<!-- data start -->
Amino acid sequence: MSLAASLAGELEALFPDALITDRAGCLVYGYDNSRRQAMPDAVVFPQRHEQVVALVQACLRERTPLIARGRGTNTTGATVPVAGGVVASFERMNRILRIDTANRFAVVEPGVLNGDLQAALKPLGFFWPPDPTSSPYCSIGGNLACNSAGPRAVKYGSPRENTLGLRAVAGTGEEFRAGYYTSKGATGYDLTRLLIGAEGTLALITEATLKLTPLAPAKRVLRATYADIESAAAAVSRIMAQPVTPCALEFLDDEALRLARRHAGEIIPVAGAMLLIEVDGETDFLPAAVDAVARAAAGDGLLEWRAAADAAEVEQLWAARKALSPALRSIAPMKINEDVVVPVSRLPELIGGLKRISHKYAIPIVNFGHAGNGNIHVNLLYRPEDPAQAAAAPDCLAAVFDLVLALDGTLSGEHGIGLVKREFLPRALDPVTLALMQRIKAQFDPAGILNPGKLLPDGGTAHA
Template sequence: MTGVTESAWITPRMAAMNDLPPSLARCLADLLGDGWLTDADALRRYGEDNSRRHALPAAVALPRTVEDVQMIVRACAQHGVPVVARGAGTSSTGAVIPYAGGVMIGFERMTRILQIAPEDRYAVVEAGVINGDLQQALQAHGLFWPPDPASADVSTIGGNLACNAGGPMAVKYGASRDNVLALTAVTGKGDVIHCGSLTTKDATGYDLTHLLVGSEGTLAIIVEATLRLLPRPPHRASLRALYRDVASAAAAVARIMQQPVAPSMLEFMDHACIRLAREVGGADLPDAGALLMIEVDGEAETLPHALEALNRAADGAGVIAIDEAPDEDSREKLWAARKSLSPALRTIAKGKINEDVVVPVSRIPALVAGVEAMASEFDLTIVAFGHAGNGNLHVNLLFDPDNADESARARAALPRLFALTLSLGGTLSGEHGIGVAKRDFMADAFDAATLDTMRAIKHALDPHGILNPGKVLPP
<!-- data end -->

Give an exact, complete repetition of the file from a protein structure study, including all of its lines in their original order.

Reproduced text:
Amino acid sequence: MSLAASLAGELEALFPDALITDRAGCLVYGYDNSRRQAMPDAVVFPQRHEQVVALVQACLRERTPLIARGRGTNTTGATVPVAGGVVASFERMNRILRIDTANRFAVVEPGVLNGDLQAALKPLGFFWPPDPTSSPYCSIGGNLACNSAGPRAVKYGSPRENTLGLRAVAGTGEEFRAGYYTSKGATGYDLTRLLIGAEGTLALITEATLKLTPLAPAKRVLRATYADIESAAAAVSRIMAQPVTPCALEFLDDEALRLARRHAGEIIPVAGAMLLIEVDGETDFLPAAVDAVARAAAGDGLLEWRAAADAAEVEQLWAARKALSPALRSIAPMKINEDVVVPVSRLPELIGGLKRISHKYAIPIVNFGHAGNGNIHVNLLYRPEDPAQAAAAPDCLAAVFDLVLALDGTLSGEHGIGLVKREFLPRALDPVTLALMQRIKAQFDPAGILNPGKLLPDGGTAHA
Template sequence: MTGVTESAWITPRMAAMNDLPPSLARCLADLLGDGWLTDADALRRYGEDNSRRHALPAAVALPRTVEDVQMIVRACAQHGVPVVARGAGTSSTGAVIPYAGGVMIGFERMTRILQIAPEDRYAVVEAGVINGDLQQALQAHGLFWPPDPASADVSTIGGNLACNAGGPMAVKYGASRDNVLALTAVTGKGDVIHCGSLTTKDATGYDLTHLLVGSEGTLAIIVEATLRLLPRPPHRASLRALYRDVASAAAAVARIMQQPVAPSMLEFMDHACIRLAREVGGADLPDAGALLMIEVDGEAETLPHALEALNRAADGAGVIAIDEAPDEDSREKLWAARKSLSPALRTIAKGKINEDVVVPVSRIPALVAGVEAMASEFDLTIVAFGHAGNGNLHVNLLFDPDNADESARARAALPRLFALTLSLGGTLSGEHGIGVAKRDFMADAFDAATLDTMRAIKHALDPHGILNPGKVLPP